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Issue #24 (October 2016)

Letter from the Editor

Articles in this issue

  • Can vitamin D-crease pain? Open Access
    Pain involves the nervous and immune systems, among others, so it can be tough to address through supplementation. Vitamin D's multitude of roles hint at its possible use as a pain treatment.
  • Interview: Josh Mitteldorf, PhD
    Josh is well-known in the life-extension community, for looking deep into the literature and connecting the dots. We'll get his take on some interesting longevity-related topics. After 30 years wandering in the plasma physics of extragalactic radio sources, Mitteldorf came to the study of aging in 1996 to correct a fundamental error in the foundations of evolutionary theory. After 20 years, the revolution in biological concept of aging that he initiated is only now coming to fruition
  • When nitrate supplementation doesn’t involve supplements
    We've covered several nitrate supplementation studies in previous ERDs. This trial is unique in that it studied the impact of a nitrate-rich diet on exercise performance.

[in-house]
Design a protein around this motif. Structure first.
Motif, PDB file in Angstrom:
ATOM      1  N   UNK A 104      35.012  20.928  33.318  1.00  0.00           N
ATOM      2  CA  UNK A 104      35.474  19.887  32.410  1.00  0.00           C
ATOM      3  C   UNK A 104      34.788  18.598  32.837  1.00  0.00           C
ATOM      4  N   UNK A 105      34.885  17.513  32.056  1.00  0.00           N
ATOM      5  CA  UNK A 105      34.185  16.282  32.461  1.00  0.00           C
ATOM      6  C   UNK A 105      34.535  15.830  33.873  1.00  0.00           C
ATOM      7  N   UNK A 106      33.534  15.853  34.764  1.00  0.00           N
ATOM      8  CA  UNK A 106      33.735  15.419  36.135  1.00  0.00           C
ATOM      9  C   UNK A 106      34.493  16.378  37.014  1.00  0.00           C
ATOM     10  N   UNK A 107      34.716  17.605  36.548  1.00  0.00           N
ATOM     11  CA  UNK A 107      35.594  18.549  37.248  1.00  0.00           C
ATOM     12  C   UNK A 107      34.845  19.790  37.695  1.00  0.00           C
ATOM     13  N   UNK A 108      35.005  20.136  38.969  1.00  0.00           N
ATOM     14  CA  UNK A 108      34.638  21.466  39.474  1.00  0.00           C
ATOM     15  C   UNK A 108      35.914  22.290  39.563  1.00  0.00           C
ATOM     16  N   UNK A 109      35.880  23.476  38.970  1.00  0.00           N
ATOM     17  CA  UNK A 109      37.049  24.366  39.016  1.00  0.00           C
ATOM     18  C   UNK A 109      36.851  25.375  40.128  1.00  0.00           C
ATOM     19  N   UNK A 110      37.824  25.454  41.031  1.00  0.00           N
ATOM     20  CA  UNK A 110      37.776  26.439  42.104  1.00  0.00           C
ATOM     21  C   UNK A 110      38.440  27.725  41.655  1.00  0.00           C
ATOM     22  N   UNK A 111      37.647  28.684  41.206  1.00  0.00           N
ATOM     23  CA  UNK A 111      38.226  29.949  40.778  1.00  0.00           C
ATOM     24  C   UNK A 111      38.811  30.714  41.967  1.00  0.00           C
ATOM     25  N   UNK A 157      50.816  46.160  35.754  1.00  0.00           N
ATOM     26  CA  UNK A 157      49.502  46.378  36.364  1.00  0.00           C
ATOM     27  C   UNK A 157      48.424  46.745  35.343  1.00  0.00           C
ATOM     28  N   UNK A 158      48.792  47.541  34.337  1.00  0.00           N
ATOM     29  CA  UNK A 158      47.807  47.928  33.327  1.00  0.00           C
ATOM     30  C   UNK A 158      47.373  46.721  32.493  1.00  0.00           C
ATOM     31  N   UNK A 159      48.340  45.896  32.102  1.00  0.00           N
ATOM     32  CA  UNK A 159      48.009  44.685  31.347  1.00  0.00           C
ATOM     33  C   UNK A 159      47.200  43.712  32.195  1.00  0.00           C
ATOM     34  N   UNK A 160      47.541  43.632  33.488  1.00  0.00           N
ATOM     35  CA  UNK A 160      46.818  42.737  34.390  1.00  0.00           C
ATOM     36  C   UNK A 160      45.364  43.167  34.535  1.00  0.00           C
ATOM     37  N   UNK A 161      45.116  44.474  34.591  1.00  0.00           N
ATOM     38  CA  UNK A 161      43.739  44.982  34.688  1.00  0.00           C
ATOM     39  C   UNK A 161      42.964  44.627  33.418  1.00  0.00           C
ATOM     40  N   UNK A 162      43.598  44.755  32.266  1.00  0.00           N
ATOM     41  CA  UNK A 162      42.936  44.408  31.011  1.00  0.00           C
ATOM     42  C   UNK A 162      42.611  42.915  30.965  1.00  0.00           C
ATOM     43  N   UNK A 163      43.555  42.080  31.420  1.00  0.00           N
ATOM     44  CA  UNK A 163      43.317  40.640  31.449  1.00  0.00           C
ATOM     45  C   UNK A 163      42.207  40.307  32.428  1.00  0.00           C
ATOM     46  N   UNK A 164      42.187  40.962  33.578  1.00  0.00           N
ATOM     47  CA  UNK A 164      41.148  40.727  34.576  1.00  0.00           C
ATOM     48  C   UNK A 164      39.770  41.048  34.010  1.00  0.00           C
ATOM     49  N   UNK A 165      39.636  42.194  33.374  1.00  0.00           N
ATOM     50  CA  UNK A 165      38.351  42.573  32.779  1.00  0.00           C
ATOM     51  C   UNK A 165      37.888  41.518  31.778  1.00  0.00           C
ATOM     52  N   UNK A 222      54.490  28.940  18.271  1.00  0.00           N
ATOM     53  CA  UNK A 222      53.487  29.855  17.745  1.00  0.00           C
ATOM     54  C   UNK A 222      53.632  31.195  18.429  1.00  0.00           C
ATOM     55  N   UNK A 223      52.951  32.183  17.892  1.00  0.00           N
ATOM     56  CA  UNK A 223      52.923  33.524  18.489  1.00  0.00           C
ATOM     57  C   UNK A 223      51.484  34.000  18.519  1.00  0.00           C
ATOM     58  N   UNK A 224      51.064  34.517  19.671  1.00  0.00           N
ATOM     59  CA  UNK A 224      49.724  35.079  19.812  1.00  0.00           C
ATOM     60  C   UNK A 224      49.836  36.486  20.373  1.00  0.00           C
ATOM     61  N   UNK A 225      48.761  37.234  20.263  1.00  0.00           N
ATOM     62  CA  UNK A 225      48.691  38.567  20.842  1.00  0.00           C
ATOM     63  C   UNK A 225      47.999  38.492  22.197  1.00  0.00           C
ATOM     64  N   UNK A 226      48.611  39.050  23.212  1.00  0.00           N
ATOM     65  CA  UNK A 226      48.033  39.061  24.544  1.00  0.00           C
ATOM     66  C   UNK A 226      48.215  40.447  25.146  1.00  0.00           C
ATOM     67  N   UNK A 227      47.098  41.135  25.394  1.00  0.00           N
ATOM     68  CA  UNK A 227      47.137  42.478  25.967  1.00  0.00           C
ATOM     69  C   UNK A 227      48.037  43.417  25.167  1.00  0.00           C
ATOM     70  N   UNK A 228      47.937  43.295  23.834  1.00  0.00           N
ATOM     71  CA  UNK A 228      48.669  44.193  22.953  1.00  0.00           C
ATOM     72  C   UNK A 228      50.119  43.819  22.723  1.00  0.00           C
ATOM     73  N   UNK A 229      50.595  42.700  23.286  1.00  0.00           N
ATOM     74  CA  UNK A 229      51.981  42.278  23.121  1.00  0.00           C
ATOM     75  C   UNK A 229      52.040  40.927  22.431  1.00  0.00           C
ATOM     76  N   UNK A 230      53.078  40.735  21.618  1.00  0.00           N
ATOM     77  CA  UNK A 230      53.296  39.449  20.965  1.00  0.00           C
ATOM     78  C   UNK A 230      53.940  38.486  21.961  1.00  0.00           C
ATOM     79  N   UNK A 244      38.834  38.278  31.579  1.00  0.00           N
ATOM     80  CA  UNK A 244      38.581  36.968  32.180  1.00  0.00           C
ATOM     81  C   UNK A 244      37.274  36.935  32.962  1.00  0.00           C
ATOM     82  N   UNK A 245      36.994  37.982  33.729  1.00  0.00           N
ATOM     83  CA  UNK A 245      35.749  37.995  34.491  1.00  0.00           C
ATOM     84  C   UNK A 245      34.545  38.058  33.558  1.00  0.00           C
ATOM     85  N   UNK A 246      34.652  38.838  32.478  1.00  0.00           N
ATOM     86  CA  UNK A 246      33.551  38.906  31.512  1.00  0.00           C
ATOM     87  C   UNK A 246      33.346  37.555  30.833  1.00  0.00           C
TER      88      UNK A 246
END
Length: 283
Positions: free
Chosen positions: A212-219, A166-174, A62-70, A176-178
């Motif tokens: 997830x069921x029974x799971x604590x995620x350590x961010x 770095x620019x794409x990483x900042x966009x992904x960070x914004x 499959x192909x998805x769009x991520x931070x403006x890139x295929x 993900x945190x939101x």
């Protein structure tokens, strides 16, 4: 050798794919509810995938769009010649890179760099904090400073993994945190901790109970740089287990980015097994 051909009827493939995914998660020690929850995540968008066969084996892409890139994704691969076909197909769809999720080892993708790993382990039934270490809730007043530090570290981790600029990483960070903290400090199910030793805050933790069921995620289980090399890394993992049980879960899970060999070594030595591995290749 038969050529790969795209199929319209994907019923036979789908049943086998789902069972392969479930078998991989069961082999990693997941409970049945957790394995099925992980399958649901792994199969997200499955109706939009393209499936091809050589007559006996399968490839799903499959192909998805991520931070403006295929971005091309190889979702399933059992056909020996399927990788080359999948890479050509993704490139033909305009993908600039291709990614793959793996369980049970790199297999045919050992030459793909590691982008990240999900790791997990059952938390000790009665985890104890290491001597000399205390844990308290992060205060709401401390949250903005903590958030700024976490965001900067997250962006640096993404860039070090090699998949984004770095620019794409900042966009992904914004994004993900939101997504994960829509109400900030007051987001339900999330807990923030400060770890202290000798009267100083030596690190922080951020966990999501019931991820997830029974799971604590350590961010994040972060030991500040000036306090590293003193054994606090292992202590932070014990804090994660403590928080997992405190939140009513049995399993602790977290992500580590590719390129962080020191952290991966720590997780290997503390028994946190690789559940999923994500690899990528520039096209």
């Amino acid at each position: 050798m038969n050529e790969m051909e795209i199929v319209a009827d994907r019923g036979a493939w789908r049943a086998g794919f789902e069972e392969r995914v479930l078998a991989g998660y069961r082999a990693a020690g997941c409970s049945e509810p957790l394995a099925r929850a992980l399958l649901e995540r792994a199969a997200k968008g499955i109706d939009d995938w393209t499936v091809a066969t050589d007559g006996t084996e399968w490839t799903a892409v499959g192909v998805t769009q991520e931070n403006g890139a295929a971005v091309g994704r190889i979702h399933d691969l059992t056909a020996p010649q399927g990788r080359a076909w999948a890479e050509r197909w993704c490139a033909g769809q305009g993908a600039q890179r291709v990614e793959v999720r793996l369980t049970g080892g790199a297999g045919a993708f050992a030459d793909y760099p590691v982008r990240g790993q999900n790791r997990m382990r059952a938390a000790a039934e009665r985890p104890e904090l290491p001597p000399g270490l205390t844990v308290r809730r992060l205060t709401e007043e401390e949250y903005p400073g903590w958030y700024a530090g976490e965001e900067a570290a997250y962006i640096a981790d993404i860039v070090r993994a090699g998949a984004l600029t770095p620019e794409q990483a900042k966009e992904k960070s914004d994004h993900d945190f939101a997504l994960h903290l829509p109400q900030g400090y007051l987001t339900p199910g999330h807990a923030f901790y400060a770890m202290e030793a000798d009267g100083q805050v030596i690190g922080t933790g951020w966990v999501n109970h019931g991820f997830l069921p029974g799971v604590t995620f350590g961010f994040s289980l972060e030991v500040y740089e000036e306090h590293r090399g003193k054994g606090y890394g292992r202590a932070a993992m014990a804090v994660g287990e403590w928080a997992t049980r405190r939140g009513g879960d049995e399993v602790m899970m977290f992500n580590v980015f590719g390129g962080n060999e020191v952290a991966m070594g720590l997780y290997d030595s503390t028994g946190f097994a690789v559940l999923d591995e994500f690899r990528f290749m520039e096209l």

• Eat a day, skip a day?
    Typical dieting can be a chore. An alternative is to eat less (or not at all) during certain time periods, otherwise known as fasting. This is the first trial to compare regular calorie restriction to alternate-day fasting.
  • The high cost of high heat cooking
    The delicious browning and crusting of steak or chicken could also be harmful. This one-year long randomized trial looked at high-heat cooking versus gentler cooking, and its impact on insulin resistance.
  • Interview: Courtney Silverthorn, PhD
    Are you in the life sciences, but not sure if you want to work in a lab? Courtney is uniquely qualified to give advice about this.
  • Does being insulin resistant affect weight loss on a low-fat or low-carb diet?
    Weight loss is not a simple issue. The impact of a diet could be influenced by whether or not you’re insulin resistant, as examined by this one-year trial of a low-fat versus low-carb diet.
  • Examining the potential for edible sunscreen
    Phytochemicals in plants are well known to have positive effects on chronic conditions, such as heart disease and cancer. But certain ones could also help you avoid ... sunburn.
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